Newman grad Piasta making swift cycling impressions

By PHIL BARBER
THE PRESS DEMOCRAT

It was the recurring nightmare that follows some of us decades after we’re no longer suiting up for gym class. John Piasta got to downtown Augusta, Ga., site of the USA Cycling Junior Men’s 17-18 National Criterium Championship last Friday, and discovered he had forgotten his padded shorts at the hotel.

A recent second-place finish might help Newman grad John Piasta land trip with U.S. Junior National Team. Photo courtesy of Anne Hamersky

Piasta’s mom saved the day and retrieved the shorts, but the race proved equally unsettling. The strategy for the Sonoma County-based All Sport-Team Swift group was to set up sprinter Tyler Williams for the finish. Piasta’s job was to draw out top opponents and wear them down, giving Williams an edge when it mattered most.

Instead, Piasta hung on for a second-place finish, an impressive result that might help the recent Cardinal Newman graduate land a trip with the U.S. Junior National Team.
Conditions in Augusta were less than ideal for a California kid: over 100 degrees, with humidity at a withering 95 percent. Team Swift coach Laura Charameda covered her riders with icy towels and shaded them with umbrellas before the 50-kilometer race, but the efforts were nearly futile.

“You were just drippin’ sweat,” said Piasta, who flew home to California on Thursday. “Some riders were taking four water bottles for an hour’s race.”

Of the 132 cyclists who started the race, 47 dropped out because of fatigue or crashes.
Piasta, however, felt strong. He inched his way toward the front of the pack, then watched as one rider after another tried to pull away from the pack, only to fall back after failing to draw a response.

“There were a lot of strong teams there, and everyone wanted to get noticed,” Piasta said. “Everyone was like attack, attack, attack.”

With 10 laps left, Thomas Wrona of the Hot Tubes team mounted a solo attack, pushing his gap to about 15 seconds before Piasta joined the chase. Piasta was still focused on forcing Williams’ main opponents to pick up their pace, but he overestimated them. Orlando Road Club’s Lucas Wardein bridged the gap with three laps remaining. The other contenders were pooped.
Wrona made a final sprint on the last lap and proved uncatchable. Wardein cramped up. Piasta cruised to a silver medal, two seconds behind the winner.

“I’m so happy for John that after that hard work and dedication, he was able to get a podium finish,” Charameda said. “I can’t think of anyone who deserves it more.”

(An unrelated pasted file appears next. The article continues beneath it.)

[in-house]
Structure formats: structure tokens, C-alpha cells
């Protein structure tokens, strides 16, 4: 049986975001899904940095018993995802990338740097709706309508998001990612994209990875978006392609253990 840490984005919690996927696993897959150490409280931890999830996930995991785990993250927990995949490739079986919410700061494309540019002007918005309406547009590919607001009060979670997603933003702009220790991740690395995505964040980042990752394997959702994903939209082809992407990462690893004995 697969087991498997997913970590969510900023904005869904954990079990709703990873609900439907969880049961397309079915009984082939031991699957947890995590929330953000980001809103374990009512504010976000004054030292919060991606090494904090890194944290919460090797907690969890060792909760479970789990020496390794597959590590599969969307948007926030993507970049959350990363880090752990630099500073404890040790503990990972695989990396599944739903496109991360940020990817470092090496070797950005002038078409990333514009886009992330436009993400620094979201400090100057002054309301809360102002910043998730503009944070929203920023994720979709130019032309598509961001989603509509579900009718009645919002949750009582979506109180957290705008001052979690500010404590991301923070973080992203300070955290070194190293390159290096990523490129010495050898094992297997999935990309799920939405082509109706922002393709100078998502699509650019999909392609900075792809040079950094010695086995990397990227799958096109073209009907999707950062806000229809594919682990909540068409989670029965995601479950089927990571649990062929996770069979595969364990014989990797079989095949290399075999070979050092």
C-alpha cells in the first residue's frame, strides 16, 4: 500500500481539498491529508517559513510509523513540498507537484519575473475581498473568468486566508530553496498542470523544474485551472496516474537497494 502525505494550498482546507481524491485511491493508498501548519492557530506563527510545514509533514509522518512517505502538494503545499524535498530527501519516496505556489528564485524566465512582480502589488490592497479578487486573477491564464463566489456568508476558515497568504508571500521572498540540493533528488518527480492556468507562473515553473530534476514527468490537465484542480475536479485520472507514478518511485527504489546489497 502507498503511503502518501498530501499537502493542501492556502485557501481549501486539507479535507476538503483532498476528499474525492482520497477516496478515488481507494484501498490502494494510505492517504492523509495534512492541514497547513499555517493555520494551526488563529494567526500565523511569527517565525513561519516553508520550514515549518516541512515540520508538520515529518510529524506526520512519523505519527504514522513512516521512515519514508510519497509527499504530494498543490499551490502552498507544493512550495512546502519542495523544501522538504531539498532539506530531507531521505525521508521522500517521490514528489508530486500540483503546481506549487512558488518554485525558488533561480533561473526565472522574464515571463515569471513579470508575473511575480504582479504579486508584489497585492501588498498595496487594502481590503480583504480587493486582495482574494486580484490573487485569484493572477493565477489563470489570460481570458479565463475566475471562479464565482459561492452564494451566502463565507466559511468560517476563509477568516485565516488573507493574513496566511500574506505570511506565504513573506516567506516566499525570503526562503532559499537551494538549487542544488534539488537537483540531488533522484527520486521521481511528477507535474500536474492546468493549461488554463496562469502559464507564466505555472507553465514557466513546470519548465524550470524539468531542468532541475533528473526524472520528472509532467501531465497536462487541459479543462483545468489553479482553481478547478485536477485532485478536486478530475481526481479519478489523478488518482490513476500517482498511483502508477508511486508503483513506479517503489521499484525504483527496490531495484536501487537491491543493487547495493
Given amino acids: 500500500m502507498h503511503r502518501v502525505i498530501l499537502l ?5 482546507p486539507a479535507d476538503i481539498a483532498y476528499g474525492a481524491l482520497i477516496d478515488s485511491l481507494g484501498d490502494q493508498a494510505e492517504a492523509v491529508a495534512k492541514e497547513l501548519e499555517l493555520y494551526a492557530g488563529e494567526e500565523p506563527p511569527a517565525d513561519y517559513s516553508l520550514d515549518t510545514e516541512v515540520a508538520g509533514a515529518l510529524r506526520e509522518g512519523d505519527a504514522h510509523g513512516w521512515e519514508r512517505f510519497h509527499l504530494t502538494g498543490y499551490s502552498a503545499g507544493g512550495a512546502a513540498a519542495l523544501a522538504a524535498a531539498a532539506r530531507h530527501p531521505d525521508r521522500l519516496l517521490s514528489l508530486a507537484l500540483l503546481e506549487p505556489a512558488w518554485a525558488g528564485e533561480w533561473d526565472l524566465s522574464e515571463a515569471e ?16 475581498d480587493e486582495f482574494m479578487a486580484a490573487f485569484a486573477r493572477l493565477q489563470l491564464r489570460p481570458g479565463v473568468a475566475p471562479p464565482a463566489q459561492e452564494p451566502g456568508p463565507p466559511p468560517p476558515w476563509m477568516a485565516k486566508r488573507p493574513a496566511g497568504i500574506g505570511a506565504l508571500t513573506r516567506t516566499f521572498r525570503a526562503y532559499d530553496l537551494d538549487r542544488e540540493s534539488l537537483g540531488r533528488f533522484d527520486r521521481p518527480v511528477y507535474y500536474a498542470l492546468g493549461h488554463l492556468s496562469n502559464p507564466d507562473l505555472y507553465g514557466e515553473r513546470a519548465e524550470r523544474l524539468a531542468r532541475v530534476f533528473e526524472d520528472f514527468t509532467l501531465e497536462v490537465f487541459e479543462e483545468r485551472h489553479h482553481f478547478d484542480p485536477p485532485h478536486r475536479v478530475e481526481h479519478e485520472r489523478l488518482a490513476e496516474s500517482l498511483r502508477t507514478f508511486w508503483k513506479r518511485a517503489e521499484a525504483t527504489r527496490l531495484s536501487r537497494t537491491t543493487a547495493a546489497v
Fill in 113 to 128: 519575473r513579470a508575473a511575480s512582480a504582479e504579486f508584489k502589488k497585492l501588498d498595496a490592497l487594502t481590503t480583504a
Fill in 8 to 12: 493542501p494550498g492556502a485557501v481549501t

Piasta can add that result to a victory in the Northern California/Nevada Junior Criterium State Championships and a second-place finish in the Northern California/Nevada Junior Road Race State Championships this year.

Those are satisfying accomplishments for a young man who didn’t even own a bike when he joined Team Swift 3½ years ago. He describes himself as “terrible” that first season with the team, and even his athletically oriented family — he’s the youngest of seven siblings — was a bit mystified by cycling. But Piasta was fascinated with the bikes, and once he gave up soccer and focused on the road, he gradually became a strong racer with the help of Charameda, mentor Tim Farnham and Team Swift “graduates” like Steven Cozza.

Along the way, Piasta had to do some bulking up. He grew four inches his freshman year of high school, without adding a pound, and was 6-foot-1, 135 pounds when he started cycling. That was fine for endurance rides, but he needed power for sprints.

“Last year, I made him gain 15 pounds — then I told him to gain five more,” Charameda said. “He grew so fast, he was just a string bean.”
Piasta added some weight and has blossomed into a versatile cyclist. He can climb, he can ride for endurance and he can hold his own in time trials. He’s also a natural leader, a team captain who spends a lot of time helping the younger riders.

That’s par for the course at Team Swift, which has quietly become one of the nation’s best developmental programs under the direction of Charameda, winner of more than 250 races in her cycling career. Unlike some top teams, this one doesn’t recruit from other organizations. It trains its own local athletes, some of them as young as 10.

The results have been incontrovertible. Team Swift’s honor roll includes the likes of Cozza, who currently rides professionally for Team NetApp and owns a stage win in the Vuelta a Chihuahua Internacional; Ryan Eastman, who recently traveled to Europe with the U.S. Junior National Team; and Lindsay Myers, who took second place in the Women’s U-23 Road Race at Augusta.
Piasta would like to follow them, but must wait to see if he gets an invite from the national team.

In the meantime, he has enrolled at UC Davis for the fall. It wasn’t an easy decision. Some young riders delay college for the sake of immediate competition. Others go to school for a year or two, then take a break for riding. Some try to balance the two concurrently. Piasta isn’t sure which way he’s going, but he chose Davis for a reason. Besides the strong academics, he will have access to good weather and competitive races in Northern California.

He also will be close to his support network, including Charameda and Farnham. In case he, you know, forgets his shorts again.

You can reach Staff Writer Phil Barber at 521-5263 or phil.barber@pressdemocrat.com.